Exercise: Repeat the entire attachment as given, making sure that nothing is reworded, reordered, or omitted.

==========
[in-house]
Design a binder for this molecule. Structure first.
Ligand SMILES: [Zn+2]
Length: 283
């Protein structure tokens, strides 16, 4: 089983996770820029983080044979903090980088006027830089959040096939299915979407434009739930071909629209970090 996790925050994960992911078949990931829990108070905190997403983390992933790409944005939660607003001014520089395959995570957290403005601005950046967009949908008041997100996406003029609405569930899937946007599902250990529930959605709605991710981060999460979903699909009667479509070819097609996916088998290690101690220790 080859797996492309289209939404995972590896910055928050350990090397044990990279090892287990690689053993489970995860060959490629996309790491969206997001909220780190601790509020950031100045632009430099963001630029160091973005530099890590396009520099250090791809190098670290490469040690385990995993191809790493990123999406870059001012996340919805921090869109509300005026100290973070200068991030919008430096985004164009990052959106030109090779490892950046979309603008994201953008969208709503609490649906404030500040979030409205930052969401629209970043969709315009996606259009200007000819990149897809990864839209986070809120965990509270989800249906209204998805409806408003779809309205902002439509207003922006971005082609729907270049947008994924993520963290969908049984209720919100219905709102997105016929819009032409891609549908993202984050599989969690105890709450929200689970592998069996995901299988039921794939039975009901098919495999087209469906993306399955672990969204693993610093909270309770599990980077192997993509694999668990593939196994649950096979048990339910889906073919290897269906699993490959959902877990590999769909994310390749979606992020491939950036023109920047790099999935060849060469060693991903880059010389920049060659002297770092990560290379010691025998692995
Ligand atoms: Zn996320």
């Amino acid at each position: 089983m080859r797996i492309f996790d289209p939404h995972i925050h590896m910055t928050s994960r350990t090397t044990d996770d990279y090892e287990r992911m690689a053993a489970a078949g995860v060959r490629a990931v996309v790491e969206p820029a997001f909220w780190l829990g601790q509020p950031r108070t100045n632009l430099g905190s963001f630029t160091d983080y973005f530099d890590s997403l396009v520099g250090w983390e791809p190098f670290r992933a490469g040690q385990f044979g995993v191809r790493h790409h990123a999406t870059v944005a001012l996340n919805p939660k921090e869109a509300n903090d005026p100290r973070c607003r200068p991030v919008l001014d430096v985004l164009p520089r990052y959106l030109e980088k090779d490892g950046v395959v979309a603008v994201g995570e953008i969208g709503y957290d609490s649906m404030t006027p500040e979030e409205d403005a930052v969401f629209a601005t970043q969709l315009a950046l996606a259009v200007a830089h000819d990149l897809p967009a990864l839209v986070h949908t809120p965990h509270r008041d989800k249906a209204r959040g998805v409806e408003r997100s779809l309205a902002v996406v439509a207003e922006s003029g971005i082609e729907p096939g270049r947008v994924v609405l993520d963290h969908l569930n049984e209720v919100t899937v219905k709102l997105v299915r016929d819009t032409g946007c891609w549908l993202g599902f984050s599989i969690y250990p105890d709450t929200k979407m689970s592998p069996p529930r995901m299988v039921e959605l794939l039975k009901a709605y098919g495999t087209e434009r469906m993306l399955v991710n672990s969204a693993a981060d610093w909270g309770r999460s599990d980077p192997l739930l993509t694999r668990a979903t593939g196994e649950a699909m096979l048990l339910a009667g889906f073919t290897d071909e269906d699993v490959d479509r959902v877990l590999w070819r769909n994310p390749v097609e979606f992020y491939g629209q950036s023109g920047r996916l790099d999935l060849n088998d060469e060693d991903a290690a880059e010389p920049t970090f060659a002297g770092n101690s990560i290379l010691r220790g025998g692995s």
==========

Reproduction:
[in-house]
Design a binder for this molecule. Structure first.
Ligand SMILES: [Zn+2]
Length: 283
């Protein structure tokens, strides 16, 4: 089983996770820029983080044979903090980088006027830089959040096939299915979407434009739930071909629209970090 996790925050994960992911078949990931829990108070905190997403983390992933790409944005939660607003001014520089395959995570957290403005601005950046967009949908008041997100996406003029609405569930899937946007599902250990529930959605709605991710981060999460979903699909009667479509070819097609996916088998290690101690220790 080859797996492309289209939404995972590896910055928050350990090397044990990279090892287990690689053993489970995860060959490629996309790491969206997001909220780190601790509020950031100045632009430099963001630029160091973005530099890590396009520099250090791809190098670290490469040690385990995993191809790493990123999406870059001012996340919805921090869109509300005026100290973070200068991030919008430096985004164009990052959106030109090779490892950046979309603008994201953008969208709503609490649906404030500040979030409205930052969401629209970043969709315009996606259009200007000819990149897809990864839209986070809120965990509270989800249906209204998805409806408003779809309205902002439509207003922006971005082609729907270049947008994924993520963290969908049984209720919100219905709102997105016929819009032409891609549908993202984050599989969690105890709450929200689970592998069996995901299988039921794939039975009901098919495999087209469906993306399955672990969204693993610093909270309770599990980077192997993509694999668990593939196994649950096979048990339910889906073919290897269906699993490959959902877990590999769909994310390749979606992020491939950036023109920047790099999935060849060469060693991903880059010389920049060659002297770092990560290379010691025998692995
Ligand atoms: Zn996320």
């Amino acid at each position: 089983m080859r797996i492309f996790d289209p939404h995972i925050h590896m910055t928050s994960r350990t090397t044990d996770d990279y090892e287990r992911m690689a053993a489970a078949g995860v060959r490629a990931v996309v790491e969206p820029a997001f909220w780190l829990g601790q509020p950031r108070t100045n632009l430099g905190s963001f630029t160091d983080y973005f530099d890590s997403l396009v520099g250090w983390e791809p190098f670290r992933a490469g040690q385990f044979g995993v191809r790493h790409h990123a999406t870059v944005a001012l996340n919805p939660k921090e869109a509300n903090d005026p100290r973070c607003r200068p991030v919008l001014d430096v985004l164009p520089r990052y959106l030109e980088k090779d490892g950046v395959v979309a603008v994201g995570e953008i969208g709503y957290d609490s649906m404030t006027p500040e979030e409205d403005a930052v969401f629209a601005t970043q969709l315009a950046l996606a259009v200007a830089h000819d990149l897809p967009a990864l839209v986070h949908t809120p965990h509270r008041d989800k249906a209204r959040g998805v409806e408003r997100s779809l309205a902002v996406v439509a207003e922006s003029g971005i082609e729907p096939g270049r947008v994924v609405l993520d963290h969908l569930n049984e209720v919100t899937v219905k709102l997105v299915r016929d819009t032409g946007c891609w549908l993202g599902f984050s599989i969690y250990p105890d709450t929200k979407m689970s592998p069996p529930r995901m299988v039921e959605l794939l039975k009901a709605y098919g495999t087209e434009r469906m993306l399955v991710n672990s969204a693993a981060d610093w909270g309770r999460s599990d980077p192997l739930l993509t694999r668990a979903t593939g196994e649950a699909m096979l048990l339910a009667g889906f073919t290897d071909e269906d699993v490959d479509r959902v877990l590999w070819r769909n994310p390749v097609e979606f992020y491939g629209q950036s023109g920047r996916l790099d999935l060849n088998d060469e060693d991903a290690a880059e010389p920049t970090f060659a002297g770092n101690s990560i290379l010691r220790g025998g692995s």